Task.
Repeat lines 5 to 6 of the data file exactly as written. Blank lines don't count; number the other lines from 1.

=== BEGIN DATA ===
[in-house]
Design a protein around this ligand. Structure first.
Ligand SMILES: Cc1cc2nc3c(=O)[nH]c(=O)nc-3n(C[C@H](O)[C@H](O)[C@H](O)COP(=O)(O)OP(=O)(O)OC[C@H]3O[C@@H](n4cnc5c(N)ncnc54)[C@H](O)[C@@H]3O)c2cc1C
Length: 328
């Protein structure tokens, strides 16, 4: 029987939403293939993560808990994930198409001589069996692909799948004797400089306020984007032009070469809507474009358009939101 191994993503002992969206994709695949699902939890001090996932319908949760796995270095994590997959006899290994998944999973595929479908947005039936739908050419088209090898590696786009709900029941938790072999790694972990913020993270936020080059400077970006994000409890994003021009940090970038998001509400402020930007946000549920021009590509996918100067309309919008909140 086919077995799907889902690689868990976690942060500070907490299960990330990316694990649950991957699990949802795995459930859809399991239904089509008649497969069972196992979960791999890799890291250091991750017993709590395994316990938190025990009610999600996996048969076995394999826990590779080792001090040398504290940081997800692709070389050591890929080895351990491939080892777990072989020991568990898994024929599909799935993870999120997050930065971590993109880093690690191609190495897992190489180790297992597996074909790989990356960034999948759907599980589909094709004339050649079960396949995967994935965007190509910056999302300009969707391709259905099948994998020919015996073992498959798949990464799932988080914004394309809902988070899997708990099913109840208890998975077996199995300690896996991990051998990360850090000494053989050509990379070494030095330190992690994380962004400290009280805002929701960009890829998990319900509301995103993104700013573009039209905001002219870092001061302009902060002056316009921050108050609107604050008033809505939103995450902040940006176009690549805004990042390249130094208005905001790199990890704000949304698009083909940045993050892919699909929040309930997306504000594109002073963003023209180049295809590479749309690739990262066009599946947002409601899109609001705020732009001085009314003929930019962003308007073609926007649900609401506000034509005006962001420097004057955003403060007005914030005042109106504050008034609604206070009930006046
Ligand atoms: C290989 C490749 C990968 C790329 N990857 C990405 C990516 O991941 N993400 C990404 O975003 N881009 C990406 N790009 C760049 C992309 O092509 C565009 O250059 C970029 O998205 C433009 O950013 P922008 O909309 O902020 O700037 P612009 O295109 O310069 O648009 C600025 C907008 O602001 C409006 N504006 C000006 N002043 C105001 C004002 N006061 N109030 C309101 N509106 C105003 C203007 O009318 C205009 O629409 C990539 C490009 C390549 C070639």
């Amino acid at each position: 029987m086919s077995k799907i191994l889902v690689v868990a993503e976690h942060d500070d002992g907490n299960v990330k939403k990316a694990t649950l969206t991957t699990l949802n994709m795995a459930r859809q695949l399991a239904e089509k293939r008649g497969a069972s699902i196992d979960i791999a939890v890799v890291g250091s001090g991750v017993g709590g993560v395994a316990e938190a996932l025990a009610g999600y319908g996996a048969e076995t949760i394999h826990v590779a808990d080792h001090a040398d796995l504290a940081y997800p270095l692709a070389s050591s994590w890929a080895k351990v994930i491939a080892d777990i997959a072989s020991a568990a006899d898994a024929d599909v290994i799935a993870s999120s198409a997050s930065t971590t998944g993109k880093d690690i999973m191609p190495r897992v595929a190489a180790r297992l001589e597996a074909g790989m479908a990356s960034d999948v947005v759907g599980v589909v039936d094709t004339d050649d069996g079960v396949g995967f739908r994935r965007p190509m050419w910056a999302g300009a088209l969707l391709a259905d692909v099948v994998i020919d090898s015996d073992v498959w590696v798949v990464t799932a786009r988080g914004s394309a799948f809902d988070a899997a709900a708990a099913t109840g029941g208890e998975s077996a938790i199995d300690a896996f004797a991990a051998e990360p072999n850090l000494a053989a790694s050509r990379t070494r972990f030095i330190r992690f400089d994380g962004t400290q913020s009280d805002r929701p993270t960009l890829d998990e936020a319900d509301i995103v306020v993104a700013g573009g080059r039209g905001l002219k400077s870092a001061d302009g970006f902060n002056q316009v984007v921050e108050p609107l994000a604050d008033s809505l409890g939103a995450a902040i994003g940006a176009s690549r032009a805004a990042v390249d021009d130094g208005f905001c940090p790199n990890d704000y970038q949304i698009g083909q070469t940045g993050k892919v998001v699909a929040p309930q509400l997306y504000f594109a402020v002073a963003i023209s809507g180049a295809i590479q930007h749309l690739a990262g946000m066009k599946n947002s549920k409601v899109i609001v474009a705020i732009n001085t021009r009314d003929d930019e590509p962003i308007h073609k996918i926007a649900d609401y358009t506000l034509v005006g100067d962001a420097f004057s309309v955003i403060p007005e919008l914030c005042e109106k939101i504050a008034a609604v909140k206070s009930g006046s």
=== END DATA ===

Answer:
């Protein structure tokens, strides 16, 4: 029987939403293939993560808990994930198409001589069996692909799948004797400089306020984007032009070469809507474009358009939101 191994993503002992969206994709695949699902939890001090996932319908949760796995270095994590997959006899290994998944999973595929479908947005039936739908050419088209090898590696786009709900029941938790072999790694972990913020993270936020080059400077970006994000409890994003021009940090970038998001509400402020930007946000549920021009590509996918100067309309919008909140 086919077995799907889902690689868990976690942060500070907490299960990330990316694990649950991957699990949802795995459930859809399991239904089509008649497969069972196992979960791999890799890291250091991750017993709590395994316990938190025990009610999600996996048969076995394999826990590779080792001090040398504290940081997800692709070389050591890929080895351990491939080892777990072989020991568990898994024929599909799935993870999120997050930065971590993109880093690690191609190495897992190489180790297992597996074909790989990356960034999948759907599980589909094709004339050649079960396949995967994935965007190509910056999302300009969707391709259905099948994998020919015996073992498959798949990464799932988080914004394309809902988070899997708990099913109840208890998975077996199995300690896996991990051998990360850090000494053989050509990379070494030095330190992690994380962004400290009280805002929701960009890829998990319900509301995103993104700013573009039209905001002219870092001061302009902060002056316009921050108050609107604050008033809505939103995450902040940006176009690549805004990042390249130094208005905001790199990890704000949304698009083909940045993050892919699909929040309930997306504000594109002073963003023209180049295809590479749309690739990262066009599946947002409601899109609001705020732009001085009314003929930019962003308007073609926007649900609401506000034509005006962001420097004057955003403060007005914030005042109106504050008034609604206070009930006046
Ligand atoms: C290989 C490749 C990968 C790329 N990857 C990405 C990516 O991941 N993400 C990404 O975003 N881009 C990406 N790009 C760049 C992309 O092509 C565009 O250059 C970029 O998205 C433009 O950013 P922008 O909309 O902020 O700037 P612009 O295109 O310069 O648009 C600025 C907008 O602001 C409006 N504006 C000006 N002043 C105001 C004002 N006061 N109030 C309101 N509106 C105003 C203007 O009318 C205009 O629409 C990539 C490009 C390549 C070639």